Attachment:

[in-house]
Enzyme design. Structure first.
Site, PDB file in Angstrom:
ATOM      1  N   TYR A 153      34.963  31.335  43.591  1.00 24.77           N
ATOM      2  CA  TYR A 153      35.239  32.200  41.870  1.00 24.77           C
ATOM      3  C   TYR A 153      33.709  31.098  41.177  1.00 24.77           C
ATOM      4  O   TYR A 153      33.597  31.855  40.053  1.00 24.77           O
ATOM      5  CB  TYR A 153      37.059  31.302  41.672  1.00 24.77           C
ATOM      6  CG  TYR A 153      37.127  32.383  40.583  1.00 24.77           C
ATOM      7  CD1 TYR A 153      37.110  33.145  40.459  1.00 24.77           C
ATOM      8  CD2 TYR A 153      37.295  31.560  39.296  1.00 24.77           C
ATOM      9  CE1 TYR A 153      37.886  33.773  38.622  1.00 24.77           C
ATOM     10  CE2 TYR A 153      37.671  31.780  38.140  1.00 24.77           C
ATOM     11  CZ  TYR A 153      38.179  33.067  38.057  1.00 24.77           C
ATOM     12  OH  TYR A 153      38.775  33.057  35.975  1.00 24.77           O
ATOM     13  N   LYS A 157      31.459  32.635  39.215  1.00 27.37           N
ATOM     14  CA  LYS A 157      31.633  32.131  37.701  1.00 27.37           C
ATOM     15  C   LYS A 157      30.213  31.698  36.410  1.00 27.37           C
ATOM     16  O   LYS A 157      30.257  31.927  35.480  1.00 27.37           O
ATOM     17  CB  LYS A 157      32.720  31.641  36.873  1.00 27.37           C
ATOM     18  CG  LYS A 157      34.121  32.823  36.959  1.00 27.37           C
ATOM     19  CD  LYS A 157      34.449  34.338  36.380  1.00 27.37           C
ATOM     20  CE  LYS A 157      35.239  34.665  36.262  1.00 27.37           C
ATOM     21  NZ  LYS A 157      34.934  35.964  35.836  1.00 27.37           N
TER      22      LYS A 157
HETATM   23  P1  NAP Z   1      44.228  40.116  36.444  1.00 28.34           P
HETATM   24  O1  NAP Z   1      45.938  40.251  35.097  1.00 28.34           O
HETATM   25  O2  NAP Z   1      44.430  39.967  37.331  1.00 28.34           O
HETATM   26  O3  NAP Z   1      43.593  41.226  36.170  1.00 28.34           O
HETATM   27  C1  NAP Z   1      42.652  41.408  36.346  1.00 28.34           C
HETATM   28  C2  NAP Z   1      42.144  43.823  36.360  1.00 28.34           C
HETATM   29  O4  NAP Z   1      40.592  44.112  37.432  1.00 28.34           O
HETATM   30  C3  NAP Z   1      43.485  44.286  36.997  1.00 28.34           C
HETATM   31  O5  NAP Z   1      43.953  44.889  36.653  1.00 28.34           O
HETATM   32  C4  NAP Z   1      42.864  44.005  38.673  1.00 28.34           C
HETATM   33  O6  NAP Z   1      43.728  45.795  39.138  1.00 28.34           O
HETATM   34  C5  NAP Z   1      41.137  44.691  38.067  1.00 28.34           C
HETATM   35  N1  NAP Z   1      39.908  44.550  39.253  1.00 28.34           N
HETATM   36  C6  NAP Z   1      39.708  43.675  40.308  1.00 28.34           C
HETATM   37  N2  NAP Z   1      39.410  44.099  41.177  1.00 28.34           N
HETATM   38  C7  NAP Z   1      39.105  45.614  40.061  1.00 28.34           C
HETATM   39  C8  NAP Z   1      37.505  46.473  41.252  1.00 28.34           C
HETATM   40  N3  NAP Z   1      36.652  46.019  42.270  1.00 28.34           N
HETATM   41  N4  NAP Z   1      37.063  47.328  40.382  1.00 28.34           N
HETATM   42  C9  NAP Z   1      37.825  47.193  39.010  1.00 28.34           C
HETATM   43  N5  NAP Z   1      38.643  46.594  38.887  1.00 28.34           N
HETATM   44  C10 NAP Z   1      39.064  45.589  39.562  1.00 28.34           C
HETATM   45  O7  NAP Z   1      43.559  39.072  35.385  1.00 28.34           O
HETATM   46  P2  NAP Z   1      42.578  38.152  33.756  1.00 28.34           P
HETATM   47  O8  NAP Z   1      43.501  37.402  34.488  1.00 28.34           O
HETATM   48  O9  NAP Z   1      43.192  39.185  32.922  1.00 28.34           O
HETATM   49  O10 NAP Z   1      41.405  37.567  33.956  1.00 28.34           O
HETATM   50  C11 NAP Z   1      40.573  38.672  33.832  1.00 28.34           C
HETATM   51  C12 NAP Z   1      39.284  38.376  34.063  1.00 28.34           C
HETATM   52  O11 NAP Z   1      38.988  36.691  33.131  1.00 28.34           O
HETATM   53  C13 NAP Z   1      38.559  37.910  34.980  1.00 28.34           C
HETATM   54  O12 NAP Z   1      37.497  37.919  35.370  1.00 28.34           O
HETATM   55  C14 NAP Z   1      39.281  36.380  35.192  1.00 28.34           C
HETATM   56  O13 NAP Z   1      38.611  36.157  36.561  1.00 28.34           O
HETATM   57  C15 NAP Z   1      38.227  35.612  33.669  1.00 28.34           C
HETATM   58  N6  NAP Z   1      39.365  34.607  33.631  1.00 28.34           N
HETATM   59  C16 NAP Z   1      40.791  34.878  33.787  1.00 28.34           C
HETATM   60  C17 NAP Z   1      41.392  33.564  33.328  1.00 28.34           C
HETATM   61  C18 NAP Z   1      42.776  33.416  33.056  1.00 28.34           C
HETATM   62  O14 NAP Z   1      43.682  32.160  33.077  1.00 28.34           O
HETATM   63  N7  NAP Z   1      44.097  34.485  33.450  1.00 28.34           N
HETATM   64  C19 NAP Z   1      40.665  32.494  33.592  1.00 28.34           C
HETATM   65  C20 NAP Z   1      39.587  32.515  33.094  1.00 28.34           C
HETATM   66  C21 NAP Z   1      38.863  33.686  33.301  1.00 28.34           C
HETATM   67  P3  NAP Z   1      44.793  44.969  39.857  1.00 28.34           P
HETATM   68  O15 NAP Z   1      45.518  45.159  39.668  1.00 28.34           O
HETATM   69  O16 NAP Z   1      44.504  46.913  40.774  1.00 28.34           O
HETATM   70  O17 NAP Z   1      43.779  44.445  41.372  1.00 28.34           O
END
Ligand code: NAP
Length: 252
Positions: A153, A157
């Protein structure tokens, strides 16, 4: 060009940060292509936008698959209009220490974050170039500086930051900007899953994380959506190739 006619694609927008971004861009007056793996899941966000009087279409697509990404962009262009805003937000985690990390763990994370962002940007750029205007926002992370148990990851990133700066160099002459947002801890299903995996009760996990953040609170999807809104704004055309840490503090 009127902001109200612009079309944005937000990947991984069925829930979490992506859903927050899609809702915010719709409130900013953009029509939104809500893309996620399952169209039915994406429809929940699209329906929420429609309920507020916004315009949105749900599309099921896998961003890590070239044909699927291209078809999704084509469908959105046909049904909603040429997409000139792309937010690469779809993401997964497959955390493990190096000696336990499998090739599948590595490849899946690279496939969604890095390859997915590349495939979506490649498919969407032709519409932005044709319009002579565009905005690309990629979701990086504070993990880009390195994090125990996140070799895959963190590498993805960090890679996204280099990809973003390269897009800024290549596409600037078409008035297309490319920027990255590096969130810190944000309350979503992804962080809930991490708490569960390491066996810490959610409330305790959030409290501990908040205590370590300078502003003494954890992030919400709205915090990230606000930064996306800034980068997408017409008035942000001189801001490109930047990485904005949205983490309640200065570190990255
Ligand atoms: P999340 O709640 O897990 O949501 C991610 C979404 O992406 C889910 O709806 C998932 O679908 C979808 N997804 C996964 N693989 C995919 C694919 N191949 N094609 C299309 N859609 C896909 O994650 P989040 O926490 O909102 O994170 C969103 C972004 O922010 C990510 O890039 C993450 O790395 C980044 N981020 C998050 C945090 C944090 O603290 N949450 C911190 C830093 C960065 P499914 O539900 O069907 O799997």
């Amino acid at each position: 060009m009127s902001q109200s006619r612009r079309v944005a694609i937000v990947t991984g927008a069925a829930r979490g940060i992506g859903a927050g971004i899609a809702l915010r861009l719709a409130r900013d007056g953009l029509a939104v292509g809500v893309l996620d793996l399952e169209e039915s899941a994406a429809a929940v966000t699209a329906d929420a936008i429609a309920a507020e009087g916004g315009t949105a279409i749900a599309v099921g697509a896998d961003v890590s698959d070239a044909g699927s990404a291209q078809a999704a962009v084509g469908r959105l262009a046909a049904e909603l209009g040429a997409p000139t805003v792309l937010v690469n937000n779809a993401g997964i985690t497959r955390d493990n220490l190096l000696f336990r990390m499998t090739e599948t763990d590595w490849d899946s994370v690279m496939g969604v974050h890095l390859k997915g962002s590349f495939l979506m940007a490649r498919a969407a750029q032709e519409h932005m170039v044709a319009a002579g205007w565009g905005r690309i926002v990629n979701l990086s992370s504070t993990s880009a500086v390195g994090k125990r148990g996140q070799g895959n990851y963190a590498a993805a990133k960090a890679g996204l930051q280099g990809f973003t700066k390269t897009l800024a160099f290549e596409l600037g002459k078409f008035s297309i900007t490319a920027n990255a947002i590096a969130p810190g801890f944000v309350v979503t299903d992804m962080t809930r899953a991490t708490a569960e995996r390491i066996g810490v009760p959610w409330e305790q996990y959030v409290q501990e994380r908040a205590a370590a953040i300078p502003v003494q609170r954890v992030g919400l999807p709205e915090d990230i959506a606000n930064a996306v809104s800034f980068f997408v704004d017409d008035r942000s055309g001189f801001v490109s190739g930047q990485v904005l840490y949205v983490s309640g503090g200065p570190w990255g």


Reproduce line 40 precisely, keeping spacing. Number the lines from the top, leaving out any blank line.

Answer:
HETATM   37  N2  NAP Z   1      39.410  44.099  41.177  1.00 28.34           N